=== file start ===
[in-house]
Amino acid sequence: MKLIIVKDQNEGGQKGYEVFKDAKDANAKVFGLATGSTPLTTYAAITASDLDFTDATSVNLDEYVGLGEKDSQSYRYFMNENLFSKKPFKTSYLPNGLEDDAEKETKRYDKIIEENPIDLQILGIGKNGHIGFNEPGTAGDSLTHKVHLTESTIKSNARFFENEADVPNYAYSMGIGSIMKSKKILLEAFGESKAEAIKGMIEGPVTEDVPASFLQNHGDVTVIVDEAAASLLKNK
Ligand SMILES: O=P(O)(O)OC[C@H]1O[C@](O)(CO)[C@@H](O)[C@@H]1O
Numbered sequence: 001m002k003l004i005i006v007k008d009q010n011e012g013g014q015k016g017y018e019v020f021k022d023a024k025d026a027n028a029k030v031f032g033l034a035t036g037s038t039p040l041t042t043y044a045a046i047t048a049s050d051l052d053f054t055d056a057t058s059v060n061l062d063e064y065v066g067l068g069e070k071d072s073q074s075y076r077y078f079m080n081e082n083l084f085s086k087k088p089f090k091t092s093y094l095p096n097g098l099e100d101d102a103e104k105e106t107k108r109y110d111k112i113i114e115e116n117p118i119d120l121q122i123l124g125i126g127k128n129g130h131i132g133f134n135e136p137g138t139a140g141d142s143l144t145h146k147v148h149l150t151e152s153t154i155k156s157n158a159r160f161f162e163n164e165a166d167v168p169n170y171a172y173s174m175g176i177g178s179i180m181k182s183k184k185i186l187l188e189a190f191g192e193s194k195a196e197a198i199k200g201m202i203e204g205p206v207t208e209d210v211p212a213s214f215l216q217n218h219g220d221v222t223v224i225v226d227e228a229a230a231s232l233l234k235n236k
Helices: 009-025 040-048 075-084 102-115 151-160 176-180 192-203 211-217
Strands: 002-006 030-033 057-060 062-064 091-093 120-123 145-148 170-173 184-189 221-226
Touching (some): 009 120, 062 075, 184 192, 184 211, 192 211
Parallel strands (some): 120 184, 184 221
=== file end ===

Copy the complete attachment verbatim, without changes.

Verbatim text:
[in-house]
Amino acid sequence: MKLIIVKDQNEGGQKGYEVFKDAKDANAKVFGLATGSTPLTTYAAITASDLDFTDATSVNLDEYVGLGEKDSQSYRYFMNENLFSKKPFKTSYLPNGLEDDAEKETKRYDKIIEENPIDLQILGIGKNGHIGFNEPGTAGDSLTHKVHLTESTIKSNARFFENEADVPNYAYSMGIGSIMKSKKILLEAFGESKAEAIKGMIEGPVTEDVPASFLQNHGDVTVIVDEAAASLLKNK
Ligand SMILES: O=P(O)(O)OC[C@H]1O[C@](O)(CO)[C@@H](O)[C@@H]1O
Numbered sequence: 001m002k003l004i005i006v007k008d009q010n011e012g013g014q015k016g017y018e019v020f021k022d023a024k025d026a027n028a029k030v031f032g033l034a035t036g037s038t039p040l041t042t043y044a045a046i047t048a049s050d051l052d053f054t055d056a057t058s059v060n061l062d063e064y065v066g067l068g069e070k071d072s073q074s075y076r077y078f079m080n081e082n083l084f085s086k087k088p089f090k091t092s093y094l095p096n097g098l099e100d101d102a103e104k105e106t107k108r109y110d111k112i113i114e115e116n117p118i119d120l121q122i123l124g125i126g127k128n129g130h131i132g133f134n135e136p137g138t139a140g141d142s143l144t145h146k147v148h149l150t151e152s153t154i155k156s157n158a159r160f161f162e163n164e165a166d167v168p169n170y171a172y173s174m175g176i177g178s179i180m181k182s183k184k185i186l187l188e189a190f191g192e193s194k195a196e197a198i199k200g201m202i203e204g205p206v207t208e209d210v211p212a213s214f215l216q217n218h219g220d221v222t223v224i225v226d227e228a229a230a231s232l233l234k235n236k
Helices: 009-025 040-048 075-084 102-115 151-160 176-180 192-203 211-217
Strands: 002-006 030-033 057-060 062-064 091-093 120-123 145-148 170-173 184-189 221-226
Touching (some): 009 120, 062 075, 184 192, 184 211, 192 211
Parallel strands (some): 120 184, 184 221